The mysterious Stuxnet worm attack on Iranian nuclear centrifuges was devastatingly effective—until the centrifuges it destroyed were quickly replaced, the Washington Post reports. UN cameras recorded cartloads of equipment being removed after they were rendered useless by the cyber-weapon—more than 900 centrifuges are thought have been destroyed—but replacements were then brought in and installed in short order.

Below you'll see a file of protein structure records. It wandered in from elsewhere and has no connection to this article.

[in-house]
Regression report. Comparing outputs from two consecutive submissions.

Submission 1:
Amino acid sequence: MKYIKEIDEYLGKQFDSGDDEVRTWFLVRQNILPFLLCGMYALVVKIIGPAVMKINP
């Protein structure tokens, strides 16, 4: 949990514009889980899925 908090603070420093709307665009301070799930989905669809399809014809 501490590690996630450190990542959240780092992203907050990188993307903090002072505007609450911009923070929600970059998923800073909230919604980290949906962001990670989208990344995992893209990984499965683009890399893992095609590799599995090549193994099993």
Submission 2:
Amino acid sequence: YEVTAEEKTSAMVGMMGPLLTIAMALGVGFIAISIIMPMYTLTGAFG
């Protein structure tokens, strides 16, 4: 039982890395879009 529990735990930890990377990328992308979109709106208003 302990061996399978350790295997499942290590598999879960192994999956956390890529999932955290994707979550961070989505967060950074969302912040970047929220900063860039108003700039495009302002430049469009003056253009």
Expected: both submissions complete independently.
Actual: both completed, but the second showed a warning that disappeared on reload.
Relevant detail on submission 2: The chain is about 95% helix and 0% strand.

"They have been able to quickly replace broken machines," a US diplomat said. "The Iranians appeared to be working hard to maintain a constant, stable output" of low-enriched uranium. A report by the Institute for Science and International security found that Iran's production remained on track. As a result, foes might have to settle for a moral victory: "If nothing else, it hit their confidence," said a co-author of the report, "and it will make them feel more vulnerable in the future."